Dr. Constantinos Repapis has a PhD and an MPhil in Economics from the University of Cambridge, and a BA in Economics from the University of Kent at Canterbury. He is the director of the BA in Economics and the BSc in Economics with Econometrics. He was the programme proposer for both degrees and, together with Dr. Ivano Cardinale, co-initiated these undergraduate degrees in the Institute of Management Studies.
His research focuses on the history of economic thought, economic methodology, and interdisciplinary work. He has worked on the evolution of Hayek’s business cycle theory and more generally on the development of economic theory during the 1930’s. His research also introduces and investigates the concept of the ‘common reader’ in economics, and how reader responses may be used in charting the history of economic concepts and ideas. Furthermore, he is interested on how economic models influence government policy and the public discussion.
He is committed in developing a pluralist agenda in how economics is taught in higher education. He is a co-principal investigator of Economics: Past, Present and Future, an on-line resources website funded by Independent Social Research Foundation. On this website, students, academics and the public can find a series of interviews of the following celebrated economists: Sheila Dow, Geoff Harcourt, Charles Goodhart, Tony Lawson, Julie Nelson and Ha-Joon Chang. The website includes complete transcripts of the interviews and other material that the viewer can use to understand the alternative perspectives and traditions that exist within economics.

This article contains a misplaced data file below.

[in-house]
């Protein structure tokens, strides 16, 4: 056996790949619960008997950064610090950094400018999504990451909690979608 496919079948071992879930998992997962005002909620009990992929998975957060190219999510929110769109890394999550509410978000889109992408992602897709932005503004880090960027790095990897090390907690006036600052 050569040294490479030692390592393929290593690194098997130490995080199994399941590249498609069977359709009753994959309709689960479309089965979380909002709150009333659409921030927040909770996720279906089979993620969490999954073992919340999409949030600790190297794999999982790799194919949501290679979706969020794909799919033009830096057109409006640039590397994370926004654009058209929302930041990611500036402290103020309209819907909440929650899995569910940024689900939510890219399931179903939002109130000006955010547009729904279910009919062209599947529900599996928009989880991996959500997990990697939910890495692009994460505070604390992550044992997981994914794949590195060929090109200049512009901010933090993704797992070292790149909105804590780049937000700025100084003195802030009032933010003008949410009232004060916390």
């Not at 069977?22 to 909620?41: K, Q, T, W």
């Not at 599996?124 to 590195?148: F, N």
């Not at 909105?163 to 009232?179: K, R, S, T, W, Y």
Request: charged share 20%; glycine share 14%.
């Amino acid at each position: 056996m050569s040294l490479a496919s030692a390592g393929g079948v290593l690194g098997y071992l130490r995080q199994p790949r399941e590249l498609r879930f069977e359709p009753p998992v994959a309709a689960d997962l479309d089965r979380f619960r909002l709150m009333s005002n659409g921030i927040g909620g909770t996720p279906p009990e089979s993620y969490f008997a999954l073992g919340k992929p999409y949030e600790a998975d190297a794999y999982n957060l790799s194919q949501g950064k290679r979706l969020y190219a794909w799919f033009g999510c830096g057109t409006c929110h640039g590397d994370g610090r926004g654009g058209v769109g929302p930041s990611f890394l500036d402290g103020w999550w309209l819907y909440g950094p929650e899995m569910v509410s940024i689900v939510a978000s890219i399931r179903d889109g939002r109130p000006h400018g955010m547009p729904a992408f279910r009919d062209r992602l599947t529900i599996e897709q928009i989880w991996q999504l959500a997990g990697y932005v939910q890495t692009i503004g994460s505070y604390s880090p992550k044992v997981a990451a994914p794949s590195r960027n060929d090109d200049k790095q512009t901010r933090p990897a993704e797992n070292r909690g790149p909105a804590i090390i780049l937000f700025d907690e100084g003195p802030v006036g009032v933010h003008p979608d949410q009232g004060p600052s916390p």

Finally, he is one of the editors of Economic Thought, and his research has appeared in a number of journals and edited volumes. Journals include: Cambridge Journal of Economics, European Journal of the History of Economic Thought, History of Political Economy, Economic Thought, Journal of the History of Economic Thought.
B.A. in Economics (Kent)
M.Phil. in Economics (Cantab)
Ph.D. in Economics (Cantab)
Manias, Bubbles, Crises and Market Failure
Areas of supervision include:
History of business cycle theory, especially during the 1930s.
The link between economic models, government policy and public debate.
Pluralism and the teaching curriculum in economics.
Historiography, reader responses and new methodologies in doing HET.